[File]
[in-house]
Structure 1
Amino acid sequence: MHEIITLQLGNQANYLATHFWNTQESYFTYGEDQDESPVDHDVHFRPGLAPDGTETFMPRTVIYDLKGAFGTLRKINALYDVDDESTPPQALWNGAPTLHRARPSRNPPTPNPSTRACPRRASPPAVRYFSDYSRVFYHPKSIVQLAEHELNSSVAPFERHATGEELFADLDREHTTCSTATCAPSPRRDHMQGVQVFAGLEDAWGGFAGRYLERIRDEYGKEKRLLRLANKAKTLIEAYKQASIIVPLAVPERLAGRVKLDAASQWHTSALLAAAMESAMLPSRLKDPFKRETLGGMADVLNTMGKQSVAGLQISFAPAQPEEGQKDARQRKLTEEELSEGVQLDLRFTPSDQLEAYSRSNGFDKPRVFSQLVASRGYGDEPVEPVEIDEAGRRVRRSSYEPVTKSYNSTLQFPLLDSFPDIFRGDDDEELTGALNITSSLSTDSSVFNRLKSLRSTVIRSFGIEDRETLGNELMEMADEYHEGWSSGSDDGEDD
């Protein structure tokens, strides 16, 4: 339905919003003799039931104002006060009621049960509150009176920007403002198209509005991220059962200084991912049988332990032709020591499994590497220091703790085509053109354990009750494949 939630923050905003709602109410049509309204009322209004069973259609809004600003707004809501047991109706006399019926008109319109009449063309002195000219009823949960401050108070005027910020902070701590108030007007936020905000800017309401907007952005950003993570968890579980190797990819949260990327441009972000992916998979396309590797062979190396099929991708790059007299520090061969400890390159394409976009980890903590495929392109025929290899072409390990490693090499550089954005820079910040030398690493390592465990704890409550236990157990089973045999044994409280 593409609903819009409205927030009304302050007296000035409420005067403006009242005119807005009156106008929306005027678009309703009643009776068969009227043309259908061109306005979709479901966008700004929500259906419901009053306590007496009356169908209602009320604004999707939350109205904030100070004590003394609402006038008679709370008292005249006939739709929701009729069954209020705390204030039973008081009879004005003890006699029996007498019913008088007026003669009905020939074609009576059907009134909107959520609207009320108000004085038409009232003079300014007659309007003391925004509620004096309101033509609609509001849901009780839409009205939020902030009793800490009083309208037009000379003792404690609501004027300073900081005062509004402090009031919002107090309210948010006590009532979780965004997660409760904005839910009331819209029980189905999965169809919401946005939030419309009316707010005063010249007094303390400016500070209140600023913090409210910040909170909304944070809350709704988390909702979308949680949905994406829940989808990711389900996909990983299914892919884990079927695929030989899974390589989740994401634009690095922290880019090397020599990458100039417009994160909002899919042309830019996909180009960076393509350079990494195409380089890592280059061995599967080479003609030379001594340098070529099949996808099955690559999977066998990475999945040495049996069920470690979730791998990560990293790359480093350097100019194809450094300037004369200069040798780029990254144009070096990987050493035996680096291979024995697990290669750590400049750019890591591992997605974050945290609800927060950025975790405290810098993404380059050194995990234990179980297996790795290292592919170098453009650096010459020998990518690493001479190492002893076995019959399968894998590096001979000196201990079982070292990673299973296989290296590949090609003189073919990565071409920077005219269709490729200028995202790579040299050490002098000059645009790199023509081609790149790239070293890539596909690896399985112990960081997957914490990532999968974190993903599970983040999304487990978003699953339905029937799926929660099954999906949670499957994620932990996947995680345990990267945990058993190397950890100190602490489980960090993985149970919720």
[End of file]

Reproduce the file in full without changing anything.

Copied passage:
[in-house]
Structure 1
Amino acid sequence: MHEIITLQLGNQANYLATHFWNTQESYFTYGEDQDESPVDHDVHFRPGLAPDGTETFMPRTVIYDLKGAFGTLRKINALYDVDDESTPPQALWNGAPTLHRARPSRNPPTPNPSTRACPRRASPPAVRYFSDYSRVFYHPKSIVQLAEHELNSSVAPFERHATGEELFADLDREHTTCSTATCAPSPRRDHMQGVQVFAGLEDAWGGFAGRYLERIRDEYGKEKRLLRLANKAKTLIEAYKQASIIVPLAVPERLAGRVKLDAASQWHTSALLAAAMESAMLPSRLKDPFKRETLGGMADVLNTMGKQSVAGLQISFAPAQPEEGQKDARQRKLTEEELSEGVQLDLRFTPSDQLEAYSRSNGFDKPRVFSQLVASRGYGDEPVEPVEIDEAGRRVRRSSYEPVTKSYNSTLQFPLLDSFPDIFRGDDDEELTGALNITSSLSTDSSVFNRLKSLRSTVIRSFGIEDRETLGNELMEMADEYHEGWSSGSDDGEDD
């Protein structure tokens, strides 16, 4: 339905919003003799039931104002006060009621049960509150009176920007403002198209509005991220059962200084991912049988332990032709020591499994590497220091703790085509053109354990009750494949 939630923050905003709602109410049509309204009322209004069973259609809004600003707004809501047991109706006399019926008109319109009449063309002195000219009823949960401050108070005027910020902070701590108030007007936020905000800017309401907007952005950003993570968890579980190797990819949260990327441009972000992916998979396309590797062979190396099929991708790059007299520090061969400890390159394409976009980890903590495929392109025929290899072409390990490693090499550089954005820079910040030398690493390592465990704890409550236990157990089973045999044994409280 593409609903819009409205927030009304302050007296000035409420005067403006009242005119807005009156106008929306005027678009309703009643009776068969009227043309259908061109306005979709479901966008700004929500259906419901009053306590007496009356169908209602009320604004999707939350109205904030100070004590003394609402006038008679709370008292005249006939739709929701009729069954209020705390204030039973008081009879004005003890006699029996007498019913008088007026003669009905020939074609009576059907009134909107959520609207009320108000004085038409009232003079300014007659309007003391925004509620004096309101033509609609509001849901009780839409009205939020902030009793800490009083309208037009000379003792404690609501004027300073900081005062509004402090009031919002107090309210948010006590009532979780965004997660409760904005839910009331819209029980189905999965169809919401946005939030419309009316707010005063010249007094303390400016500070209140600023913090409210910040909170909304944070809350709704988390909702979308949680949905994406829940989808990711389900996909990983299914892919884990079927695929030989899974390589989740994401634009690095922290880019090397020599990458100039417009994160909002899919042309830019996909180009960076393509350079990494195409380089890592280059061995599967080479003609030379001594340098070529099949996808099955690559999977066998990475999945040495049996069920470690979730791998990560990293790359480093350097100019194809450094300037004369200069040798780029990254144009070096990987050493035996680096291979024995697990290669750590400049750019890591591992997605974050945290609800927060950025975790405290810098993404380059050194995990234990179980297996790795290292592919170098453009650096010459020998990518690493001479190492002893076995019959399968894998590096001979000196201990079982070292990673299973296989290296590949090609003189073919990565071409920077005219269709490729200028995202790579040299050490002098000059645009790199023509081609790149790239070293890539596909690896399985112990960081997957914490990532999968974190993903599970983040999304487990978003699953339905029937799926929660099954999906949670499957994620932990996947995680345990990267945990058993190397950890100190602490489980960090993985149970919720």